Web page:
“There is no possible justification for this sort of violence. We hope that appropriate resources are devoted to identifying, prosecuting and punishing those responsible for Ms Leniata’s murder.”


Police arrested dozens of people last year linked to an alleged cannibal cult accused of killing at least seven people, eating their brains raw and making soup from their penises.


There have been several other causes of witchcraft and cannibalism in PNG in recent years with a man reportedly found eating his screaming, newborn son during a sorcery initiation ceremony in 2011.


In 2009, a young women was stripped naked, gagged and burnt alive at stake, also in Mount Hagen, in what was said to be a sorcery-related crime.


Case Study 2: The National Newspaper


Sorcery killings widespread


The burning alive of the young mother for alleged sorcery in Mt Hagen is not an isolated incident in the country. Nor is it the first.


There have been similar incidents in other areas of the country which have remained unreported. Tolsep Ifitimnok, a man from Telefomin in West Sepik, told the National that the Mt Hagen incident prompted him to reveal similar killings in the district that were never attended to by the authorities.


He said in 2009, three men living in Tabubil suspected of practicing sorcery or witchcraft were flown in an aircraft from Tabubil to Feramin village, west of Telefomin where they were tortured and murdered. “Police in Tabubil and Telefomin were aware of this but nothing was done to arrest the suspects.”


Two years later, he said, a woman was assaulted by a group of men from Telefolip village. She was dragged out of a plane at the Telefomin airstrip and killed. The Telefomin men had suspected her of practicing sorcery. “This happened in front of policemen stationed in Telefomin but nothing happened,” he said.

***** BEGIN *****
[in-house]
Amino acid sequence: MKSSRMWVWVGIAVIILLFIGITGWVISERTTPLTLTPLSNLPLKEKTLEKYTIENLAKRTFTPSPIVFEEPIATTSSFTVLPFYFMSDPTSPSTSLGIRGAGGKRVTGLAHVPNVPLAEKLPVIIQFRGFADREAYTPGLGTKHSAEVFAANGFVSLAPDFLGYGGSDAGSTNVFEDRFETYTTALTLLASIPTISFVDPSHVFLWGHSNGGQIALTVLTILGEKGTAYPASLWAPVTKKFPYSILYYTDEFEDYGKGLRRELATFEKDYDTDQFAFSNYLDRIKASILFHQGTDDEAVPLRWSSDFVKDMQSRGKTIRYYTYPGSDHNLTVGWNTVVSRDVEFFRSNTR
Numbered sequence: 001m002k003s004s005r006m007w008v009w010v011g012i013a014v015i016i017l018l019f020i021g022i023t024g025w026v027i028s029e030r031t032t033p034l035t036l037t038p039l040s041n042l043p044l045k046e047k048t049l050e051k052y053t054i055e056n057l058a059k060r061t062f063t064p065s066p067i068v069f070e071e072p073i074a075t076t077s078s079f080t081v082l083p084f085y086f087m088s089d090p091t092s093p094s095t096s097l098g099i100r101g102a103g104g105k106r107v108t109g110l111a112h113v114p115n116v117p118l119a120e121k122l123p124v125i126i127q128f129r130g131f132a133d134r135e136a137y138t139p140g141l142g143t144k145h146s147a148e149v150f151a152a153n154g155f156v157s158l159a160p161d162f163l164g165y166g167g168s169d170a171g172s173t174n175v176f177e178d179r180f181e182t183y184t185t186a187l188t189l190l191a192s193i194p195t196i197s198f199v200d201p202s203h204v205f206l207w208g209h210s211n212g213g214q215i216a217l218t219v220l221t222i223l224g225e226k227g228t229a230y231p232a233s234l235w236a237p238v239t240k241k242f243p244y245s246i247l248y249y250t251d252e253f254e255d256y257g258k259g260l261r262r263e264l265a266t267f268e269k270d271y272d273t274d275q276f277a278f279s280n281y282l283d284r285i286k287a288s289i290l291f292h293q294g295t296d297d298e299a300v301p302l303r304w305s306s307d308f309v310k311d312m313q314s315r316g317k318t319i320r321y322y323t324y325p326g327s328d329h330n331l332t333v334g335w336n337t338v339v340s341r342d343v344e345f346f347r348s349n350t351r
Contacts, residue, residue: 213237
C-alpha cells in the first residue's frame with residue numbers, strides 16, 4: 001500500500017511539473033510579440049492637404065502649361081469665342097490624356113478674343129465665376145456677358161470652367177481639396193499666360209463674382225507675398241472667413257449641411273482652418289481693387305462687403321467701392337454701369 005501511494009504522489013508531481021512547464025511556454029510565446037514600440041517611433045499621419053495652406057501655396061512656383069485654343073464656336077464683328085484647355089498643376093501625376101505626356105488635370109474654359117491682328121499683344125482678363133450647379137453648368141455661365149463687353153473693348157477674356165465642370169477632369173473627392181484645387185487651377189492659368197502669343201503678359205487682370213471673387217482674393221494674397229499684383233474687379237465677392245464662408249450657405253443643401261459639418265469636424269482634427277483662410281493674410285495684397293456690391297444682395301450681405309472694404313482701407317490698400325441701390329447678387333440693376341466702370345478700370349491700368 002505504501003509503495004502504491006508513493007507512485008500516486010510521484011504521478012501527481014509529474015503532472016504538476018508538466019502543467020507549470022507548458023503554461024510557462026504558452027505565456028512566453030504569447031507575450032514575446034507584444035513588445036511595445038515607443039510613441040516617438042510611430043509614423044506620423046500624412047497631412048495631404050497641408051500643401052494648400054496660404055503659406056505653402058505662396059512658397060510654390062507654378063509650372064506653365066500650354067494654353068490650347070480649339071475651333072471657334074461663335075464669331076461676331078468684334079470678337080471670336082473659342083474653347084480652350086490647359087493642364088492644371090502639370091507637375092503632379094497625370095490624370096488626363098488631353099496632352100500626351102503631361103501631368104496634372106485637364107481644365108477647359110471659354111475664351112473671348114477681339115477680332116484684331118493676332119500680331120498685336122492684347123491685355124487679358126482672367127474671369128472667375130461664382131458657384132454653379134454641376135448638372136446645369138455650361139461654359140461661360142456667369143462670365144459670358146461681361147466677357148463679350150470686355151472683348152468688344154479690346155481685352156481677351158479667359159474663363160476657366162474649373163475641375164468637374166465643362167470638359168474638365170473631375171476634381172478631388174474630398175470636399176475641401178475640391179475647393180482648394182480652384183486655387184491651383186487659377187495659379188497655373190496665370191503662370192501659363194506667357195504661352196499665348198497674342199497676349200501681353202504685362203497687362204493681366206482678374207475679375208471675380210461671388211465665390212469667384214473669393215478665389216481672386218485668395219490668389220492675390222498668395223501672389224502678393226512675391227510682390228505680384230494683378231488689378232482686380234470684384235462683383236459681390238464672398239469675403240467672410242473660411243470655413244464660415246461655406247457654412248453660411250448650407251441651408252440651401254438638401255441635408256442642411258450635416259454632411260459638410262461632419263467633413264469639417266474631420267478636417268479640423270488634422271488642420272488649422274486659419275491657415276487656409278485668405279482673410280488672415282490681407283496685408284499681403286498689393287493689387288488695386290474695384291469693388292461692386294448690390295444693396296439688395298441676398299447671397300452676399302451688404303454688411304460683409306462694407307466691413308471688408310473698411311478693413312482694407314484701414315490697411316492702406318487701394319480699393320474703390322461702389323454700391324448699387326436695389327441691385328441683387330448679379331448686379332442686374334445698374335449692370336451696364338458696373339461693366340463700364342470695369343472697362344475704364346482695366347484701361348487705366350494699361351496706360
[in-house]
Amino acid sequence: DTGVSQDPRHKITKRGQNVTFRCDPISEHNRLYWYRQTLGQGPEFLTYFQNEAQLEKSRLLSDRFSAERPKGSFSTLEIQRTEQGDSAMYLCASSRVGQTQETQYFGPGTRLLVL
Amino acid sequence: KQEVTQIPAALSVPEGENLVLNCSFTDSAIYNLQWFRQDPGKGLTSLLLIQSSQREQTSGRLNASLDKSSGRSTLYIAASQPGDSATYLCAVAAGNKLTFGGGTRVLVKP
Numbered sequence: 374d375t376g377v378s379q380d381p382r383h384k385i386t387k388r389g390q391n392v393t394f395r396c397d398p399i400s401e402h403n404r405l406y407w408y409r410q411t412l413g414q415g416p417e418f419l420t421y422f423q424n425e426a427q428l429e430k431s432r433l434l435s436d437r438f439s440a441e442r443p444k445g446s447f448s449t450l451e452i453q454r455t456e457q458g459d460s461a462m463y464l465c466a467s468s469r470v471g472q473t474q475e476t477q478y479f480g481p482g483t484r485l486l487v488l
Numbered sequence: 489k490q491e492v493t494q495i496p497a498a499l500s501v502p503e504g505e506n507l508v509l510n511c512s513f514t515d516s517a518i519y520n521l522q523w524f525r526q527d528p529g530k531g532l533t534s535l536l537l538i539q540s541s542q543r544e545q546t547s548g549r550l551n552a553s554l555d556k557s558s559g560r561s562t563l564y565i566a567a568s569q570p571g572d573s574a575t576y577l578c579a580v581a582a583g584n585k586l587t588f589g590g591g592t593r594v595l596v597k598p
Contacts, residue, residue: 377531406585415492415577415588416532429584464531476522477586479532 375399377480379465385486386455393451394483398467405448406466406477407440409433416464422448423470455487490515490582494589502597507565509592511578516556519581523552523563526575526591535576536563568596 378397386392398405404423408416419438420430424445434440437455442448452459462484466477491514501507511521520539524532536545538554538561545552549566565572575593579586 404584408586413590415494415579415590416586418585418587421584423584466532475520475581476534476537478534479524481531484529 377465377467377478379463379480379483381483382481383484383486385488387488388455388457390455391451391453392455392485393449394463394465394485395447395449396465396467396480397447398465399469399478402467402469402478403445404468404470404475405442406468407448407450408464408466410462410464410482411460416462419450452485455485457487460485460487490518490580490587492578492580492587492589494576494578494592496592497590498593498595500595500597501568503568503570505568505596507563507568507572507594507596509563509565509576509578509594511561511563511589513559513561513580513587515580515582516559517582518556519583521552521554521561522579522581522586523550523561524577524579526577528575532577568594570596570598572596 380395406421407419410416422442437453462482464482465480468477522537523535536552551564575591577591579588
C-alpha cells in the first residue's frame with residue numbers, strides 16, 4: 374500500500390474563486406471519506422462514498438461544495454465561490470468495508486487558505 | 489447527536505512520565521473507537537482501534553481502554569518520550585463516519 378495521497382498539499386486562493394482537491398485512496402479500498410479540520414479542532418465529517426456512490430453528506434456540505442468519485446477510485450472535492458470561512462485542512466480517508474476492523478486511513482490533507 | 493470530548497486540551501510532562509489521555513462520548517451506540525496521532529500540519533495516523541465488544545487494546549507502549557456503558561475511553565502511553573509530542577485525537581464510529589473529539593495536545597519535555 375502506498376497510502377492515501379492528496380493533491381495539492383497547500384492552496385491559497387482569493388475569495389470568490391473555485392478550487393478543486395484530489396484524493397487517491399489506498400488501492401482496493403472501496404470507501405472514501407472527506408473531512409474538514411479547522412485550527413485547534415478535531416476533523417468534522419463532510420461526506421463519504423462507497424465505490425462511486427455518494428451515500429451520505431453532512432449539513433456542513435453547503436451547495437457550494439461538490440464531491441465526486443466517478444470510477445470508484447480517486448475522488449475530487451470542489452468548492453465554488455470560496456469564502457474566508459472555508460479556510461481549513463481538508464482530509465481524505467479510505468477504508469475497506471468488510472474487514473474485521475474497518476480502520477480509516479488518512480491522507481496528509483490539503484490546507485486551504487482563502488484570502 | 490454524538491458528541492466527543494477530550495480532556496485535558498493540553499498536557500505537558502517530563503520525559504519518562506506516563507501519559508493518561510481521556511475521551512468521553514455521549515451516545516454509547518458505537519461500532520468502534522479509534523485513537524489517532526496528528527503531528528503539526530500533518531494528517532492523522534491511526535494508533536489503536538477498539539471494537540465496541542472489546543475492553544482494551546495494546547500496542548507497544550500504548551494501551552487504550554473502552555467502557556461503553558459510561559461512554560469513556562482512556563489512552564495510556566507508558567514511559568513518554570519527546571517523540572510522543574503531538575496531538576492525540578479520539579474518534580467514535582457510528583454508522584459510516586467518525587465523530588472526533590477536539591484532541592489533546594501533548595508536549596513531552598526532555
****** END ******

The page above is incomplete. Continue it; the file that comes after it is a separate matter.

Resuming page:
Before the end of 2011, Iftitimnok said, five men suspected of sorcery were tortured and killed outside the Telefomin government station. “Among those murdered was a student selected to do Grade 11 at Vanimo’s Don Bosco Secondary school the following year. Once again this happened in front of policemen but nothing was done about it,” he said.


Case Study 3: The National Newspaper

Polye: Citizens perform poorly due to culture.

By David Wapar

Papua New Guinea is caught in a clash of culture of cultures which is causing them to underperform, Minister for Treasury Don Polye said this week. Speaking at the launching of Internal Revenue Commission’s (IRC) corporate plan in Port Moresby, Polye said PNG had evolved from a self-sustained to a near-sophisticated society, where most urban dwellers and public servants were yet to fully define their environment and what was required of them.


“We are not lazy. It’s just that we have not identify where we are and what must be done. “We are caught in an ever-changing world, a race between slow pacers and the fast.” Polye said. He challenged public servants to rise up and identify what was truly required of them so that they perform accordingly.


“The whole country needs to change its concept of thinking, he said, while pledging his support for IRC’s modernization plans. From a government perspective, human intelligent development was important, he said. Polye urged those who gathered to be true nationalists and work for the country and not to be bothered by short term material rewards. “Don’t sit and complain but rise up and do things on your own.”


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Welcome to Reuben Mete

News, Media Releases and Publications of Mr Reuben Mete

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Hello world!

Welcome to This is your first post. Edit or delete it and start blogging!